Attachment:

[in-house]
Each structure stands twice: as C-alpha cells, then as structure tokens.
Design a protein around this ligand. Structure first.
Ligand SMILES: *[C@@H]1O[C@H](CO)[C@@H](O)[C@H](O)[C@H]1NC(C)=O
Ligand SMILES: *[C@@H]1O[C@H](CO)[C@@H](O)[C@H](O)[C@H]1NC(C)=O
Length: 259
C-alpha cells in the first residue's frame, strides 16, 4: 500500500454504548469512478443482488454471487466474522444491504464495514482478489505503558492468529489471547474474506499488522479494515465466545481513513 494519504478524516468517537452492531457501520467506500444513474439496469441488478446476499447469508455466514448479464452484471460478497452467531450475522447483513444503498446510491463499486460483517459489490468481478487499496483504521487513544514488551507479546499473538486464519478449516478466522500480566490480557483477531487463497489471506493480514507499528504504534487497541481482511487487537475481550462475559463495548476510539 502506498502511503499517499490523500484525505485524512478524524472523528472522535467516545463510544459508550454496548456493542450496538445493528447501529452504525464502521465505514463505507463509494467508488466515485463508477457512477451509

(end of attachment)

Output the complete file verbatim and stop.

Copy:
[in-house]
Each structure stands twice: as C-alpha cells, then as structure tokens.
Design a protein around this ligand. Structure first.
Ligand SMILES: *[C@@H]1O[C@H](CO)[C@@H](O)[C@H](O)[C@H]1NC(C)=O
Ligand SMILES: *[C@@H]1O[C@H](CO)[C@@H](O)[C@H](O)[C@H]1NC(C)=O
Length: 259
C-alpha cells in the first residue's frame, strides 16, 4: 500500500454504548469512478443482488454471487466474522444491504464495514482478489505503558492468529489471547474474506499488522479494515465466545481513513 494519504478524516468517537452492531457501520467506500444513474439496469441488478446476499447469508455466514448479464452484471460478497452467531450475522447483513444503498446510491463499486460483517459489490468481478487499496483504521487513544514488551507479546499473538486464519478449516478466522500480566490480557483477531487463497489471506493480514507499528504504534487497541481482511487487537475481550462475559463495548476510539 502506498502511503499517499490523500484525505485524512478524524472523528472522535467516545463510544459508550454496548456493542450496538445493528447501529452504525464502521465505514463505507463509494467508488466515485463508477457512477451509